Before the winds of judgment are loosed on the world, God must seal His own people so they will be safe. This is not to say they will escape the anger of men who hate God. This is based on Ezekiel 9:6, 6 — the paleo-Hebrew letter Taw mark on forehead, sign of exemption from judgment; Ezekiel 9:4, 6″ (BDB Hebrew Lexicon). (see figure above showing how close the Taw is to a cross.)
The sealing symbolizes the protection God issues to his people whenever they are to enter into trial. This does not have reference only to the eschaton (the end of the age). The seals in chapter 6 refer to the abstract forces which will be unleashed throughout the end times that began with Christ’s resurrection and ends with His second coming.
The sealing refers to the fact that God’s people are protected during this period. God’s people will not suffer ultimate harm from the judgments that will fall on the earth. They will be persecuted, however, as we saw in the vision of the fifth seal. But, no amount of persecution will annihilate God’s people. No trial any believer will endure will affect his ultimate destination. He has the seal of the Living God upon him (note Rev. 14:1).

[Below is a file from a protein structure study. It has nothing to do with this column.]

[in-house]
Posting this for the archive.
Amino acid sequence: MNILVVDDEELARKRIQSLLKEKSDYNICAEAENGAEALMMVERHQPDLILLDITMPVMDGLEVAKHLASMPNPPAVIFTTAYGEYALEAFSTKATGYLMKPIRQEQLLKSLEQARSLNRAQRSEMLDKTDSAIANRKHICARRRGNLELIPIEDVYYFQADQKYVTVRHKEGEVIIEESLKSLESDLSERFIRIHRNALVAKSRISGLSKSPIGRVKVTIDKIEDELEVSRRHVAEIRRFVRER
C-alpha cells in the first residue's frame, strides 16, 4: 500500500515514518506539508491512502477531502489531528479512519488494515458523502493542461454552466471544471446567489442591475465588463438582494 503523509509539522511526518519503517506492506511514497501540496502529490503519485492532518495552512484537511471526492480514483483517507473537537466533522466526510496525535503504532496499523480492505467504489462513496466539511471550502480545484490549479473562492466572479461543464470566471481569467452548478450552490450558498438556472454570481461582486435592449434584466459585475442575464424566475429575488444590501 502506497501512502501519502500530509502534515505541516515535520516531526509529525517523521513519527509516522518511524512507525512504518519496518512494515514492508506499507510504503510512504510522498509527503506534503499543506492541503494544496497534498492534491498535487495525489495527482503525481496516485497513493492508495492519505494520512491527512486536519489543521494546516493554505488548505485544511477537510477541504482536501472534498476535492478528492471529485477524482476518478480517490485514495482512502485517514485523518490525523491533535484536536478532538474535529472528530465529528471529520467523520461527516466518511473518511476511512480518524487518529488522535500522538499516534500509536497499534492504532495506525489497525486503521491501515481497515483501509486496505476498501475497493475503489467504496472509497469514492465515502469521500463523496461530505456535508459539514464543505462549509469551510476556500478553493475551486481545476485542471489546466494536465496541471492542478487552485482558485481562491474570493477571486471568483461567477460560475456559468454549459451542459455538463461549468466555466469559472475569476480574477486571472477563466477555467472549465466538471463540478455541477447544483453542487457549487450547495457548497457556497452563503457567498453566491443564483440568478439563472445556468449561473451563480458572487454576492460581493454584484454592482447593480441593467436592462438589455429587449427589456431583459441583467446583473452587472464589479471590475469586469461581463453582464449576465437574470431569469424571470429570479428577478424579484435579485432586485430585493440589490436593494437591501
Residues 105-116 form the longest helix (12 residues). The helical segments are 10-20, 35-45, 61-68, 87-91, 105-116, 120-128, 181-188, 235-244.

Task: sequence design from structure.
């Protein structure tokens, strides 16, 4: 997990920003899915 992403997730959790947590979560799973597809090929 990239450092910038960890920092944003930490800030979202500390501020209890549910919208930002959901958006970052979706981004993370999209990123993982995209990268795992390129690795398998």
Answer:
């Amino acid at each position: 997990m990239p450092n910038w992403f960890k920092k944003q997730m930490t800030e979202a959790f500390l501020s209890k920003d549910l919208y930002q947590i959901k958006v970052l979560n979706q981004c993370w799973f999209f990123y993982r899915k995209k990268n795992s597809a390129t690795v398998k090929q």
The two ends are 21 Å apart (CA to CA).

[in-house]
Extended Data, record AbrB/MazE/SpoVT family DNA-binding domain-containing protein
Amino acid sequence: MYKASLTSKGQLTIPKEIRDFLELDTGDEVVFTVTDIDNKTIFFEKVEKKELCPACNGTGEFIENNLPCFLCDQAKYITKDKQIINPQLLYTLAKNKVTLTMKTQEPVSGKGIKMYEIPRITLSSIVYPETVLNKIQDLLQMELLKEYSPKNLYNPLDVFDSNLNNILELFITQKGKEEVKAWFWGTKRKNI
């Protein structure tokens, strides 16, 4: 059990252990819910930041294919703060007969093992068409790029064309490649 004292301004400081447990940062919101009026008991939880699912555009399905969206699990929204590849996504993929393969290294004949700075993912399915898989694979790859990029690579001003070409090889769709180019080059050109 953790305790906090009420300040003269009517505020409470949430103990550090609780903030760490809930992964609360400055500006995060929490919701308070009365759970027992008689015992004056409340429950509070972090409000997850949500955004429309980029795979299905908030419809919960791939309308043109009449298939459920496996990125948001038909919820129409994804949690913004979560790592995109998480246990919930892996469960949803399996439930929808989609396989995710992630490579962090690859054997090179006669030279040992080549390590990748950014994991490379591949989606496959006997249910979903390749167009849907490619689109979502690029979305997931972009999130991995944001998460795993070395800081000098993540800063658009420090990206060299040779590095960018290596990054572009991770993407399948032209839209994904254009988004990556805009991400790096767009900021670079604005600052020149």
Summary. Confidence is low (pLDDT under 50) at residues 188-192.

In classical, scholastic theology baptism is called character indelibilis — “the indelible mark on or quality of the soul.” (see Mueller, p. 139, below). Obviously the mark of Baptism is invisible to this world, but is visible to the spiritual world!
III. God seals his servants to show they are protected.
II Tim. 2:19 says, “The Lord knows those who are his.’ The seal was a signet ring that left an impression in wax. It did several things:
(1) It protected against tampering;
(2) It marked ownership;
(3) It certified a thing as genuine.
(4) It is a down-payment of the final possession.
All of these images blend here as we consider the significance of this sealing of God’s people. God has sealed them in order to ensure their ultimate destiny. He is committed to bringing them through the trials of the trials of this life. He will bring his people even through any tribulation that is yet future.
Charles Spurgeon says the sealing is a down payment, also.